14:18 If I go out into the countryside,
I see those who have been killed in battle.
If I go into the city,
I see those who are sick because of starvation. 1
For both prophet and priest go about their own business
in the land without having any real understanding.’” 2
25:33 Those who have been killed by the Lord at that time
will be scattered from one end of the earth to the other.
They will not be mourned over, gathered up, or buried. 3
Their dead bodies will lie scattered over the ground like manure.
because of the Israelites she has killed, 5
just as the earth’s mortally wounded fell
because of Babylon. 6
1 tn The word “starvation” has been translated “famine” elsewhere in this passage. It is the word which refers to hunger. The “starvation” here may be war induced and not simply that which comes from famine per se. “Starvation” will cover both.
2 tn The meaning of these last two lines is somewhat uncertain. The meaning of these two lines is debated because of the uncertainty of the meaning of the verb rendered “go about their business” (סָחַר, sakhar) and the last phrase translated here “without any real understanding.” The verb in question most commonly occurs as a participle meaning “trader” or “merchant” (cf., e.g., Ezek 27:21, 36; Prov 31:14). It occurs as a finite verb elsewhere only in Gen 34:10, 21; 42:34 and there in a literal sense of “trading,” “doing business.” While the nuance is metaphorical here it need not extend to “journeying into” (cf., e.g., BDB 695 s.v. סָחַר Qal.1) and be seen as a reference to exile as is sometimes assumed. That seems at variance with the causal particle which introduces this clause, the tense of the verb, and the surrounding context. People are dying in the land (vv. 17-18a) not because prophet and priest have gone (the verb is the Hebrew perfect or past) into exile but because prophet and priest have no true knowledge of God or the situation. The clause translated here “without having any real understanding” (Heb “and they do not know”) is using the verb in the absolute sense indicated in BDB 394 s.v. יָדַע Qal.5 and illustrated in Isa 1:3; 56:10. For a more thorough discussion of the issues one may consult W. McKane, Jeremiah (ICC), 1:330-31.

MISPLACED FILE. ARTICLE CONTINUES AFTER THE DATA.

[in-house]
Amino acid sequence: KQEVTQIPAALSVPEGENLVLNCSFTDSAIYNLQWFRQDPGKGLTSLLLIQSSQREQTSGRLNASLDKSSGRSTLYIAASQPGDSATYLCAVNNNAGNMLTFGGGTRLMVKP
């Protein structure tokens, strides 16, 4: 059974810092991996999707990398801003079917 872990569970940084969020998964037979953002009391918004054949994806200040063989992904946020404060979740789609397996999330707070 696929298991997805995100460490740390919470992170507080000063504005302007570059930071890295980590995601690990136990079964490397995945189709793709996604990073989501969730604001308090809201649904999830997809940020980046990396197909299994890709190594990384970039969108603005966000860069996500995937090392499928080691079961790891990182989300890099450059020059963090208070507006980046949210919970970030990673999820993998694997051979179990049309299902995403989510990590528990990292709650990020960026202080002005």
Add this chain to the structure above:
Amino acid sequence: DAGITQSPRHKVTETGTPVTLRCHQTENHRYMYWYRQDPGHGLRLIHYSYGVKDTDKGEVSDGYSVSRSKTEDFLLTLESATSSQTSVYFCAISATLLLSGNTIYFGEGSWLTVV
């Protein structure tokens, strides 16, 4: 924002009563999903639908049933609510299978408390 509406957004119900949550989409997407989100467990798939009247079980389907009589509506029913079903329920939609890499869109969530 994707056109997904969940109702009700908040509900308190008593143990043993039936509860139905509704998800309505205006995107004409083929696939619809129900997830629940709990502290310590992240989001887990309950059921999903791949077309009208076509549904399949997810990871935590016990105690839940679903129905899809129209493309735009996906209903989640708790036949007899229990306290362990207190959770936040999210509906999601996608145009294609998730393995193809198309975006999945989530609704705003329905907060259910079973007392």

3 sn The intent here is to emphasize the large quantity of those who are killed – there will be too many to insure proper mourning rites and proper burial.
4 tn The infinitive construct is used here to indicate what is about to take place. See IBHS 610 §36.2.3g.
5 tn Heb “the slain of Israel.” The words “because of” are supplied in the translation for clarification. The preceding context makes it clear that Babylon would be judged for its atrocities against Israel (see especially 50:33-34; 51:10, 24, 35).
6 tn The juxtaposition of גַם…גַם (gam...gam), often “both…and,” here indicates correspondence. See BDB 169 s.v. גַּם 4. Appropriately Babylon will fall slain just as her victims, including God’s covenant people, did.